With its new record, Ivy Tripp, Waxahachee shifts from the heart to the head | Music Features | Pittsburgh | Pittsburgh City Paper

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With its new record, Ivy Tripp, Waxahachee shifts from the heart to the head

"My first album was written in a moment of desperation and is also experience-based. This new album is more about being in your own head."

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Though it won't officially be released until April, Waxahatchee's Ivy Tripp comes across like a memory just out of reach, evoking that feeling that sometimes washes over one after waking up from a long nap. The dreams themselves may be forgotten, but the feeling can't be shaken. And according to Katie Crutchfield, the singer and songwriter behind Waxahatchee, the process of identifying those moments of deep confusion or sadness, and remaining cognizant during them, is the running theme of the album.

This is a mature shift from Waxahatchee's breakthrough LP American Weekend. Released in 2011, American Weekend was written and recorded in just one week, at the Crutchfield family's isolated lakeside vacation home near Waxahatchee Creek, Ala. It offers cathartic, straightforward lyrics about regret and redemption, love and loss — the classic, timeless themes of ballads. "And you drive all the way here to tell me ‘I'm OK' / And I left and I didn't say goodbye, / and I ran all the way home in the gray moonlight," sighs the title track.

Katie Crutchfield
  • Photo courtesy of Jesse Riggins
  • Tripped out: Katie Crutchfield

The album launched Waxahatchee internationally, but each album uses this melodic footprint as a base from which to jump, projecting Waxahatchee deeper into complexity. "My first album was written in a moment of desperation and is also experience-based," explains Crutchfield. "This new album is more about being in your own head. At times, it's about depression. The first album, you know, was kind of just about some boy, so you're there listening, and in that experience and going through the emotions with the music. This album is more in the head, less about any one situation."

This heady, experiential progression might be related to Crutchfield's collaboration with Kyle Gilbride and Keith Spencer, both members of Swearin', Crutchfield's twin sister, Allison Crutchfield's band. Each artist brought his own intelligence and talent to the creation of these songs, as well as to the recording studio. "Both have a lot of good ideas. I bring the barebone [ideas], the song structure and melody is all there. We work as a group to pull the rest of the song together and make it whole," says Crutchfield.

Both musicians also worked with Crutchfield in the recording of 2013's Cerulean Salt, but with this new album, they offered more creative input in the developmental stages of the music. With a fuller and more dynamic guitar sound, paired with a keyboard and drum machine, Ivy Tripp transcends the simpler song structures of American Weekend and Cerulean Salt. It does not, however, abandon Waxahatchee's style: from simple, clear, vocal-driven folk songs to power-pop hits, pulled together with an occasional surf-esque riff and Crutchfield's signature dreamlike vocals.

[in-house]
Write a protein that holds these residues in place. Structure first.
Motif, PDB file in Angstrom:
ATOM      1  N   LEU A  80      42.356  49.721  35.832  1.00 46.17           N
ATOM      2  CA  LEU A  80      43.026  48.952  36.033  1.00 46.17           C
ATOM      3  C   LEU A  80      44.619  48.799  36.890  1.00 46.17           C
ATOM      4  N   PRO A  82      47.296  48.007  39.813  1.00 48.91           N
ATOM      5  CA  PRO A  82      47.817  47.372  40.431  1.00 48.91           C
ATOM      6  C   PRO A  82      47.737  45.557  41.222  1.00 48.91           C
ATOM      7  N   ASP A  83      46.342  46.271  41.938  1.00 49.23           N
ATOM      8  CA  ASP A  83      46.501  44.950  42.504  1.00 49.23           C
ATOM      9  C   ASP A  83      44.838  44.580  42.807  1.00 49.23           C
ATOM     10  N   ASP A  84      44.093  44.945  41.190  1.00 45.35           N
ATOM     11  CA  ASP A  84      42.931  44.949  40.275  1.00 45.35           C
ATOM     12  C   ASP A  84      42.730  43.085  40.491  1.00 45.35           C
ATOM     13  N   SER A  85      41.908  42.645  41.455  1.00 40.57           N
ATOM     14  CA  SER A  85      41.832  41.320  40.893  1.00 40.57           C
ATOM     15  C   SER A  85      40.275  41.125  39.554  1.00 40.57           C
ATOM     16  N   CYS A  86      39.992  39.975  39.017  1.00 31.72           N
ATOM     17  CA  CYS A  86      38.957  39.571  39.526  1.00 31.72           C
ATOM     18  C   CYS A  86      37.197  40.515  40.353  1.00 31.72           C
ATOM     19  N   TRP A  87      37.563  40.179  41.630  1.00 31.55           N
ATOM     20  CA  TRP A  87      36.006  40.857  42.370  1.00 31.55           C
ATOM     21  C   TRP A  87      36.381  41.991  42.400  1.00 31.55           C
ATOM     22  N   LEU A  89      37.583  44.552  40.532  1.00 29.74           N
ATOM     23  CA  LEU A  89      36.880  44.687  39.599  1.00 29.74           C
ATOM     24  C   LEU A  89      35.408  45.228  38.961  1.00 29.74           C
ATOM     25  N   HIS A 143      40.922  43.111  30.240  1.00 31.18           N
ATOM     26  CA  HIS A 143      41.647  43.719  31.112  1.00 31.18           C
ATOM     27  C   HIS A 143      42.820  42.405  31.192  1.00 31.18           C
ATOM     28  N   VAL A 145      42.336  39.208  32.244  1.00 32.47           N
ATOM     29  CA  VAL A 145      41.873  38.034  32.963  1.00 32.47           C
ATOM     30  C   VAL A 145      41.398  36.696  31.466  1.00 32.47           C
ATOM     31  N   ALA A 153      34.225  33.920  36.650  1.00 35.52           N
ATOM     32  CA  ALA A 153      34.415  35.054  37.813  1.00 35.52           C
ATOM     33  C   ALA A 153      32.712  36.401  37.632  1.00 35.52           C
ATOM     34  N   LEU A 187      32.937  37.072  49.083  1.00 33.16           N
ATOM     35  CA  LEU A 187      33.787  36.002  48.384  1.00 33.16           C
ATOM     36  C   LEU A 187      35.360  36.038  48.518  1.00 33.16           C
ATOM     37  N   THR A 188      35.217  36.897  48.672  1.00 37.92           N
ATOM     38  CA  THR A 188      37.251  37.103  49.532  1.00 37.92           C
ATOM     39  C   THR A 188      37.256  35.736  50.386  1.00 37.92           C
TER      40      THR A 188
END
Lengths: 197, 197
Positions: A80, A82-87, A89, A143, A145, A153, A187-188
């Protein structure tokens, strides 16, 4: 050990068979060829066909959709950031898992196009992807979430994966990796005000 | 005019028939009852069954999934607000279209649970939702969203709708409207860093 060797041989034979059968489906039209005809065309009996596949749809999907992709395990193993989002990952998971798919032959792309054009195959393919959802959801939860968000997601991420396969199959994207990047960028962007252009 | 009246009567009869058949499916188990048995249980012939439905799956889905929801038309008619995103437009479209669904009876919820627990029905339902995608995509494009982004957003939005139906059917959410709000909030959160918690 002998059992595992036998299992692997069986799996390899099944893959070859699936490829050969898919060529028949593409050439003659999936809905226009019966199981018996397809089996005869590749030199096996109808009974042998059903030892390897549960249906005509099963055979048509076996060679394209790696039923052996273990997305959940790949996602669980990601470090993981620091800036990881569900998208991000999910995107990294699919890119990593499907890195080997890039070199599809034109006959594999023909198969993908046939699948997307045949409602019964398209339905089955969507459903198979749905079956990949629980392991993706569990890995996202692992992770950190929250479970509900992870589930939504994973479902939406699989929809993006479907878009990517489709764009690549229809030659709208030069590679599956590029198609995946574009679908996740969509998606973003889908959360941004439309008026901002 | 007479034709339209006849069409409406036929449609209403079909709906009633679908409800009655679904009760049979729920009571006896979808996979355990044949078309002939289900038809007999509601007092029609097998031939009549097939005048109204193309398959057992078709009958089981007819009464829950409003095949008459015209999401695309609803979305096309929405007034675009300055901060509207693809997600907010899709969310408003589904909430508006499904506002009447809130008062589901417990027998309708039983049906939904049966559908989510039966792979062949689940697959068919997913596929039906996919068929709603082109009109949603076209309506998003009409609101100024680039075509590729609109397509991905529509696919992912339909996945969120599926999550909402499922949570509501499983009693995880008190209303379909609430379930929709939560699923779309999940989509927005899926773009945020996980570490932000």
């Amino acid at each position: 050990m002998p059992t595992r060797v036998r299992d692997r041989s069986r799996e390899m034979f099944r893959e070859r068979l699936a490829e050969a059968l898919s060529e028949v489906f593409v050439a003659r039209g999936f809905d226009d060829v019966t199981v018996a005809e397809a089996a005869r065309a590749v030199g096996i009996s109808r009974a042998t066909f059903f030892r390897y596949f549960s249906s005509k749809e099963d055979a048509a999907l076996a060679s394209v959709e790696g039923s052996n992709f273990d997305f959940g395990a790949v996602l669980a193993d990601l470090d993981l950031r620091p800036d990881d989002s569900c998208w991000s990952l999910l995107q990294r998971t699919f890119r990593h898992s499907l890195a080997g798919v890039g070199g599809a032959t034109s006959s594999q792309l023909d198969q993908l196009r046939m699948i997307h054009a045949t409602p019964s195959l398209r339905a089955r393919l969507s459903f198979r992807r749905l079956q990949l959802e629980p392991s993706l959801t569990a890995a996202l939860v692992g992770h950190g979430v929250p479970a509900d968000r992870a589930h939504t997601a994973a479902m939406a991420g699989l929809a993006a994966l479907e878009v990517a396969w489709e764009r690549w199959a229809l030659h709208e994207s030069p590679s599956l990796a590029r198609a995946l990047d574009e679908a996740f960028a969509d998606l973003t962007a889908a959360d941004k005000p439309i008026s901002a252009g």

Having parted ways, musically, with her sister and longtime collaborator — their most recent project, P.S. Eliot, disbanded in 2011 — Crutchfield found herself in a volatile space where she could control all aspects of creating music. It was also a time of emotional upheaval: In addition to no longer collaborating with her sister, she had experienced a few romantic breakups. That spark is what set Waxahatchee blazing, but with Ivy Tripp, the heat has moved to a controlled burn. "When I made the first album," says Crutchfield, "I didn't really know what Waxahatchee was yet. I had a moment of creative productivity. I didn't expect or intend to make [American Weekend], it just happened. Now, as soon as I make a record, I move onto the next thing. It's been over four years since that record, so I'm a different person, and my creative process is a bit different."

If American Weekend was an explosion, Ivy Tripp is sparkling, clear effervescence. Crutchfield herself described the album as "gaseous"; the title brings to mind an airy directionlessness felt by many caught in the awkward generation between the millennials and Generation X.

As Waxahatchee's sound has become more defined over the past four years, Crutchfield has toured extensively, including a nearly yearlong tour for Cerulean Salt. With the upcoming release of Ivy Tripp, the band has scheduled a four-month tour of North America and Europe, reaching Pittsburgh on Friday. "Waxahatchee is fortunate to be supported by two awesome labels who offer a lot of help with booking, promotions and stuff like that, because, yeah, things can get a bit overwhelming sometimes," she says.

Despite the welcome support of her labels — Merge, domestically, and Wichita, in the U.K. — "We all hold fast to the DIY ethics," explains Crutchfield, who came up in a world of basement shows and punk values. "I'd hesitate to say we are a DIY band, because we do have this great support, but as far as control over our music and everything else, that's still there and important to us."

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